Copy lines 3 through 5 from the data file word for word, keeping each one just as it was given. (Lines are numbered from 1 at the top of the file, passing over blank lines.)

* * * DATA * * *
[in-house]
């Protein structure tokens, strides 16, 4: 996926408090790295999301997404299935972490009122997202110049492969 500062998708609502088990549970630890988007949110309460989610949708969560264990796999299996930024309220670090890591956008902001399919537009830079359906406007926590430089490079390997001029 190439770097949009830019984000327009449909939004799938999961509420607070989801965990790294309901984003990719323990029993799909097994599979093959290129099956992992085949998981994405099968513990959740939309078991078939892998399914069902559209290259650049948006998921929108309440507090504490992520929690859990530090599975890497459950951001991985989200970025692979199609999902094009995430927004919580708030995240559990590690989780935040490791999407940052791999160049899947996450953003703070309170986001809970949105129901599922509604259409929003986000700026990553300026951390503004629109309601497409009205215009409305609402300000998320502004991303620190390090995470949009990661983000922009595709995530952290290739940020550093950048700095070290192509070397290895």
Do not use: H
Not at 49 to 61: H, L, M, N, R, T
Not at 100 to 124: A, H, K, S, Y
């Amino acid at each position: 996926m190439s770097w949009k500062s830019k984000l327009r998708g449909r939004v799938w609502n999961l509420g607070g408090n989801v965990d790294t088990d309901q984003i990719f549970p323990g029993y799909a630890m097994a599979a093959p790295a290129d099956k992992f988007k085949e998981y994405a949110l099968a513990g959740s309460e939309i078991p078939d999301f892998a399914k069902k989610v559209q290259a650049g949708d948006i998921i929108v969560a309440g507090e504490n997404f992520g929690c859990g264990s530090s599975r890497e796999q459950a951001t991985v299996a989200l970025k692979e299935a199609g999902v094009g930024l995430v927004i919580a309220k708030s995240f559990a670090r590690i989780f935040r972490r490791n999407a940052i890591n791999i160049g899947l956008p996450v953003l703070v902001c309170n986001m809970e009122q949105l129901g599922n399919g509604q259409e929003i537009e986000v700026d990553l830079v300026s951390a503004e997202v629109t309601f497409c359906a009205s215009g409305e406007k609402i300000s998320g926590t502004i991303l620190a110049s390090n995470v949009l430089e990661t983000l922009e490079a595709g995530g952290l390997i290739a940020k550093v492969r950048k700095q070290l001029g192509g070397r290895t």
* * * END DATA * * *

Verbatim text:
Do not use: H
Not at 49 to 61: H, L, M, N, R, T
Not at 100 to 124: A, H, K, S, Y